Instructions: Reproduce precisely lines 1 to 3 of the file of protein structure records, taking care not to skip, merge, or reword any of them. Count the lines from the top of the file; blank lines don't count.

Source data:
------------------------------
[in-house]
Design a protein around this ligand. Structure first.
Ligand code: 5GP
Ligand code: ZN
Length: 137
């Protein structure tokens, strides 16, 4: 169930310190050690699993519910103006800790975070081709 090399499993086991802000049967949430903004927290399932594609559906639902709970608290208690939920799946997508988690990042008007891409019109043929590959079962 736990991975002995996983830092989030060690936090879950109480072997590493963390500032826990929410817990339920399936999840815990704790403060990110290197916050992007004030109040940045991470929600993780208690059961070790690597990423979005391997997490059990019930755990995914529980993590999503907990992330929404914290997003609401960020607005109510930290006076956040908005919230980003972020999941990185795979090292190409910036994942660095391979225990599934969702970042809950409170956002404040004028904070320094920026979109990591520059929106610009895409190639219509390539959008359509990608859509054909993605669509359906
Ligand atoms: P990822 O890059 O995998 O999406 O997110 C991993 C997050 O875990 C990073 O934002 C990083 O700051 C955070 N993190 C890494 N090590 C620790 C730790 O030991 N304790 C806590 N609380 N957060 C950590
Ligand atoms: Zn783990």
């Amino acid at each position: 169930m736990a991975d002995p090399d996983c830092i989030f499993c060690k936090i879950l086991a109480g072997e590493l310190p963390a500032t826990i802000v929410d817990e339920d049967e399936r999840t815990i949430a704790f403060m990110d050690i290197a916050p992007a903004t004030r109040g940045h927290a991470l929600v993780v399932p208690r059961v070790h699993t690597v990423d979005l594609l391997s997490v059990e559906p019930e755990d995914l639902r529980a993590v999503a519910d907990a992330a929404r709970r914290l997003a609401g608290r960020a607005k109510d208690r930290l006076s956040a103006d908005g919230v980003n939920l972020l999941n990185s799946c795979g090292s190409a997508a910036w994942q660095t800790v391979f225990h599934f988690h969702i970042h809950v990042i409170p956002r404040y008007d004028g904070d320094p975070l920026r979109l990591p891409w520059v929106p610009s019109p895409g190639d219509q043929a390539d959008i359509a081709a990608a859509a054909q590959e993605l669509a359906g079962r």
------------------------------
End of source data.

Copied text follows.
[in-house]
Design a protein around this ligand. Structure first.
Ligand code: 5GP